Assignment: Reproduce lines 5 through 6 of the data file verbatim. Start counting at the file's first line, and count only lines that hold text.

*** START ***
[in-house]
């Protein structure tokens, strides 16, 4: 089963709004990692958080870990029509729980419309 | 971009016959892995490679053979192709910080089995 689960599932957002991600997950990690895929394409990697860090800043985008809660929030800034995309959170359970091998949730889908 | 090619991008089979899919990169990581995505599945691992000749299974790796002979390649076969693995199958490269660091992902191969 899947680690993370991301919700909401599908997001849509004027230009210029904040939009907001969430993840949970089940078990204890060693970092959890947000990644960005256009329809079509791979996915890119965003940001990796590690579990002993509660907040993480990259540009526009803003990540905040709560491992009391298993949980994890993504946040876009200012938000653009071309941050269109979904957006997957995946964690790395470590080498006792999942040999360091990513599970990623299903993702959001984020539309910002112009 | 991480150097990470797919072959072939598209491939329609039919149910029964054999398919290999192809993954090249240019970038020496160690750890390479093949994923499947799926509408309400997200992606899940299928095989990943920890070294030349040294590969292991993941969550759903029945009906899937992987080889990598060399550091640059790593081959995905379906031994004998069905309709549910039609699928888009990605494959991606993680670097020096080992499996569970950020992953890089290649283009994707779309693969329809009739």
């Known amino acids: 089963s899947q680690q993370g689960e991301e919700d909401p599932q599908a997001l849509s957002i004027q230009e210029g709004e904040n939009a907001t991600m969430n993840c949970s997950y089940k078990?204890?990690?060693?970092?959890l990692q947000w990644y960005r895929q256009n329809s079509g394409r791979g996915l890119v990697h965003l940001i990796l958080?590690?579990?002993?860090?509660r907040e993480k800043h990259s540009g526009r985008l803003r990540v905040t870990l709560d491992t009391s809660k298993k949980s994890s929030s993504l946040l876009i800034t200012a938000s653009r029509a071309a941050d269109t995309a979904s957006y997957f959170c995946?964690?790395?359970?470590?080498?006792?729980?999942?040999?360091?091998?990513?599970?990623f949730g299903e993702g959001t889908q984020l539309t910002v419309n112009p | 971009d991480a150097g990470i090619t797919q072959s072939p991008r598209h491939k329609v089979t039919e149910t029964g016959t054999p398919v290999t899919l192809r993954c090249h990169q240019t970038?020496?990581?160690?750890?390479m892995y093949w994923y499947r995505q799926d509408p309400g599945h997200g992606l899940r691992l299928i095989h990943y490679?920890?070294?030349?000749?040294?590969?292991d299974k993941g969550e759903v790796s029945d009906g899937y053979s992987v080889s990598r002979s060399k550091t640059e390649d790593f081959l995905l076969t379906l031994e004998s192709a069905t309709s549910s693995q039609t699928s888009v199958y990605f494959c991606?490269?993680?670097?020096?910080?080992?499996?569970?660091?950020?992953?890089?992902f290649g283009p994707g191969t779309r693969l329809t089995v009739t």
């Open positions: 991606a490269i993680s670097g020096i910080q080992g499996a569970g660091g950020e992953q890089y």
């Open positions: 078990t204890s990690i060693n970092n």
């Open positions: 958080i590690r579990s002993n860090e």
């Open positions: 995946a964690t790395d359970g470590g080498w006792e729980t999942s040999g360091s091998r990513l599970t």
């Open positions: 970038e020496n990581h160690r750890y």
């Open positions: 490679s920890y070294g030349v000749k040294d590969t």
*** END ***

């Open positions: 078990t204890s990690i060693n970092n």
């Open positions: 958080i590690r579990s002993n860090e």